Haven't worked with high voltage much before
5 kV is quite likely to be very lethal if you don't do this correctly. I'd go for ten series 1 MΩ resistors rated at 750 volts each: -
Image of PR03000201004JAC00. And, make sure they are not snaked back on each other without applying cut-outs in the PCB to get the clearance required.
22\$\begingroup\$ As the designer, you will be responsible for ensuring that the design and instructions to test (and use it) are OK for 5 kV operation. You can't just get away with saying you won't be using it. \$\endgroup\$– Andy akaNov 30, 2022 at 20:13
28\$\begingroup\$ @Niels incorrect. EE design has a very strong legal responsibility as any type of design work has. \$\endgroup\$– Andy akaNov 30, 2022 at 21:18
12\$\begingroup\$ Bravo @Andyaka. It's called "ethics." \$\endgroup\$– JBHDec 1, 2022 at 1:45
14\$\begingroup\$ @Niels. Irrelevant. Very high voltages have radically different design requirements that conveniently low voltages don't. You don't have to always think about lawyers, law and litigation. We know that people from some countries are obsessed with lawyers and suing and courts but it's them who get it wrong, not those who find it perfectly normal to have a feeling of responsibility towards people using your advice or design without restricting it to legal questions. \$\endgroup\$– GáborDec 1, 2022 at 12:57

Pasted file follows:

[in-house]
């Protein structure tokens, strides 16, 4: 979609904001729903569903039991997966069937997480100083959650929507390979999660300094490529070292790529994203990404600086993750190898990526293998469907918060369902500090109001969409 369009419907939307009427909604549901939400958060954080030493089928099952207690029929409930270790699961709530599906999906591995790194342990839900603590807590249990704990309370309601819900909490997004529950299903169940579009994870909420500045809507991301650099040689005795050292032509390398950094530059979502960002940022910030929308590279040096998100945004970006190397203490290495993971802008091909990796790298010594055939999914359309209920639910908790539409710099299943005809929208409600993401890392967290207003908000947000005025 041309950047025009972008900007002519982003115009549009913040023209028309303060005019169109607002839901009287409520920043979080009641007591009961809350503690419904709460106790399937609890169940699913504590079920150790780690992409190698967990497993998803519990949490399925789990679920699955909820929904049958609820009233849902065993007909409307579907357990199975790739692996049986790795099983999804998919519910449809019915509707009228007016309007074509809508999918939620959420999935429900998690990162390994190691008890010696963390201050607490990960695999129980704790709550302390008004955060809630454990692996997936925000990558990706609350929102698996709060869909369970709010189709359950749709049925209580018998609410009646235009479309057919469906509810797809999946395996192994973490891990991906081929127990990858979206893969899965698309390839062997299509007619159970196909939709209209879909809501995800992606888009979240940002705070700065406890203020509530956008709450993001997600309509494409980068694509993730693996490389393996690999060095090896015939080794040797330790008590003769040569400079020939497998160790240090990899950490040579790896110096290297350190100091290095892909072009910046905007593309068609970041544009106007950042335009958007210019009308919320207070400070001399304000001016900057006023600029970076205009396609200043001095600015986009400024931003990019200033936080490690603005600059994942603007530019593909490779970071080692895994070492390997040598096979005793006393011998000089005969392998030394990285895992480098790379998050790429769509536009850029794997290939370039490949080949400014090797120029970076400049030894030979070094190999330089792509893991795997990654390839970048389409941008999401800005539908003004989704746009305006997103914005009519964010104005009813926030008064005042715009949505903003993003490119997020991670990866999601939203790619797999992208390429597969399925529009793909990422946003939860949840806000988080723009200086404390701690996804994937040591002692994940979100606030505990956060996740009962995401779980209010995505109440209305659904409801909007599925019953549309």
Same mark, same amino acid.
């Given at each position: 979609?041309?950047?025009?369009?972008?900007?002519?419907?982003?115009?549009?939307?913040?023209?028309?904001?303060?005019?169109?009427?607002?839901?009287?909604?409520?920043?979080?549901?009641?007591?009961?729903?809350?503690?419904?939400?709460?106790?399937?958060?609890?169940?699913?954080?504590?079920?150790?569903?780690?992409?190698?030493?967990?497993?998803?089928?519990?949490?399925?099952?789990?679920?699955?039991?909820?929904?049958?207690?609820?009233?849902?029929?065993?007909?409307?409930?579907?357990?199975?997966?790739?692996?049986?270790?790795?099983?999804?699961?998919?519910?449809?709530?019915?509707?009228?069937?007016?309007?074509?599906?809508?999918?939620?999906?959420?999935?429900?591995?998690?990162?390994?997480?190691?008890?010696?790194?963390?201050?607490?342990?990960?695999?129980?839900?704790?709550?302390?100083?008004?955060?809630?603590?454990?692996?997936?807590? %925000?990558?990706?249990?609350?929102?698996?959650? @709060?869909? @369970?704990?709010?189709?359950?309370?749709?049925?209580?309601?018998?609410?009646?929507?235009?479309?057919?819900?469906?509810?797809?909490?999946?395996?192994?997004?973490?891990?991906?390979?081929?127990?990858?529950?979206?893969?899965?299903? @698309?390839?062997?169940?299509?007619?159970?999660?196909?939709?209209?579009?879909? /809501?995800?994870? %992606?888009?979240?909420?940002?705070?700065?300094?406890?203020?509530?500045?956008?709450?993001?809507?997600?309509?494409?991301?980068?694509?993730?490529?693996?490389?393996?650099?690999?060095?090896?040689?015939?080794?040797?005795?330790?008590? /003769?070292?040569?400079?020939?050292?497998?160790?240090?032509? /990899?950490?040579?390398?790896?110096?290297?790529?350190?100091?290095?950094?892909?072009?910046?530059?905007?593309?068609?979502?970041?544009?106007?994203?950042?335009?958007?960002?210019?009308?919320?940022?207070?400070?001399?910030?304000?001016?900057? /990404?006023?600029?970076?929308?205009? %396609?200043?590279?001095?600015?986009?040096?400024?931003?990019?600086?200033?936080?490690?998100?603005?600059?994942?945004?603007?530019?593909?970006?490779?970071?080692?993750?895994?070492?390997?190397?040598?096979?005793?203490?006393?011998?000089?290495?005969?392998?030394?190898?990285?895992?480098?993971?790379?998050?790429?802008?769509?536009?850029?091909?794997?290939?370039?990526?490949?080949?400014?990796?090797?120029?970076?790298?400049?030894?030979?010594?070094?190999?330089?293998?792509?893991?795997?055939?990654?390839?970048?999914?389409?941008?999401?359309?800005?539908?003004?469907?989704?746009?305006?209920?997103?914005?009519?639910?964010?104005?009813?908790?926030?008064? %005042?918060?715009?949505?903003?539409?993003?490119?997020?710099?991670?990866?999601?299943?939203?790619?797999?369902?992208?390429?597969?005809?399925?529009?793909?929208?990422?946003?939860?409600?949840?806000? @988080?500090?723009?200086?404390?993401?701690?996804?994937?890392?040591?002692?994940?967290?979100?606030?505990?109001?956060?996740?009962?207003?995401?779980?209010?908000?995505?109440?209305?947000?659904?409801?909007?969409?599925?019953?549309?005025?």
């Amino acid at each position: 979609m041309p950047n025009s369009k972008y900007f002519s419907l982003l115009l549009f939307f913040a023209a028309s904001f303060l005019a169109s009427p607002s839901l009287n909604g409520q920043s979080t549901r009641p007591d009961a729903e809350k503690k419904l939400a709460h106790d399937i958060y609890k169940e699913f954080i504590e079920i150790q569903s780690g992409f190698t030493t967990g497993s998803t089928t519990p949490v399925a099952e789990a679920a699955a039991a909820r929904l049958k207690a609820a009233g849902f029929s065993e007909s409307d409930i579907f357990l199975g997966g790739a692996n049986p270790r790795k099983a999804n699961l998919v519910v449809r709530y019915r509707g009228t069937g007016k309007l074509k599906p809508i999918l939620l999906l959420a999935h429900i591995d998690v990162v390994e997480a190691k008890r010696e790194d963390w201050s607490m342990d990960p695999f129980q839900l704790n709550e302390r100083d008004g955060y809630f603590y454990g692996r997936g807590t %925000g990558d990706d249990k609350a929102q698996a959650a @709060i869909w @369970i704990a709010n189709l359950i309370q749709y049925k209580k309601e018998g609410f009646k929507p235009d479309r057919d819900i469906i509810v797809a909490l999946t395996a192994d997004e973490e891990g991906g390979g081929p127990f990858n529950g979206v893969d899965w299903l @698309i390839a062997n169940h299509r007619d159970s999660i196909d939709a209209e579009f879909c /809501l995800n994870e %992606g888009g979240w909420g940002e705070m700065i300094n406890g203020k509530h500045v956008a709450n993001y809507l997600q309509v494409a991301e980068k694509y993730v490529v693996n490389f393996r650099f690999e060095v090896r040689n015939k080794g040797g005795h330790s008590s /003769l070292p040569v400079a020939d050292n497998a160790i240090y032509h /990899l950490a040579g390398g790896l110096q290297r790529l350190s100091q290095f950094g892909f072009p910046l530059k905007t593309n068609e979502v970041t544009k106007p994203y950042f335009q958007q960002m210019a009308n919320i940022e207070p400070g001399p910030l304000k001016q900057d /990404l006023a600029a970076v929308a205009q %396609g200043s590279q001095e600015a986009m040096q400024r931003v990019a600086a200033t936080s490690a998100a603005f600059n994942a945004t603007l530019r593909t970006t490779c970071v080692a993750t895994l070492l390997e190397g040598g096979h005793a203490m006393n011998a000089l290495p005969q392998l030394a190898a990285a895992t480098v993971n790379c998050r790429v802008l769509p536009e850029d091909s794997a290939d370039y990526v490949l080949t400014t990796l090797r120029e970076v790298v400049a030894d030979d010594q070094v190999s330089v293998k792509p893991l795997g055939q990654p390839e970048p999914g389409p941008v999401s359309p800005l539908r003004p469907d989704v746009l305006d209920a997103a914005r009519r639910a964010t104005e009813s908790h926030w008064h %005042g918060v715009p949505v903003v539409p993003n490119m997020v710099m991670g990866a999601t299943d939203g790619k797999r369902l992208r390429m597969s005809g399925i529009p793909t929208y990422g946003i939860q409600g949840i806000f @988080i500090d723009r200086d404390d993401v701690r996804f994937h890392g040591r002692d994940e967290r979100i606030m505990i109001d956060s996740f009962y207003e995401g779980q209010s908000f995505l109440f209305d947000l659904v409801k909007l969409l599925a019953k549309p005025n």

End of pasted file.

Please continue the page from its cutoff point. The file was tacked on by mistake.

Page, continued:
17\$\begingroup\$ @Shredder Stack Exchange questions aren't just for you; they're also for people who shouldn't be working with electricity who might happen to visit this page, and need yelling at. Any time somebody spots a chance to give safety advice, they usually give it. \$\endgroup\$ Dec 1, 2022 at 15:50
Andy's caution about adding a current-limiting resistor correctly might benefit from an example showing how it can be done incorrectly.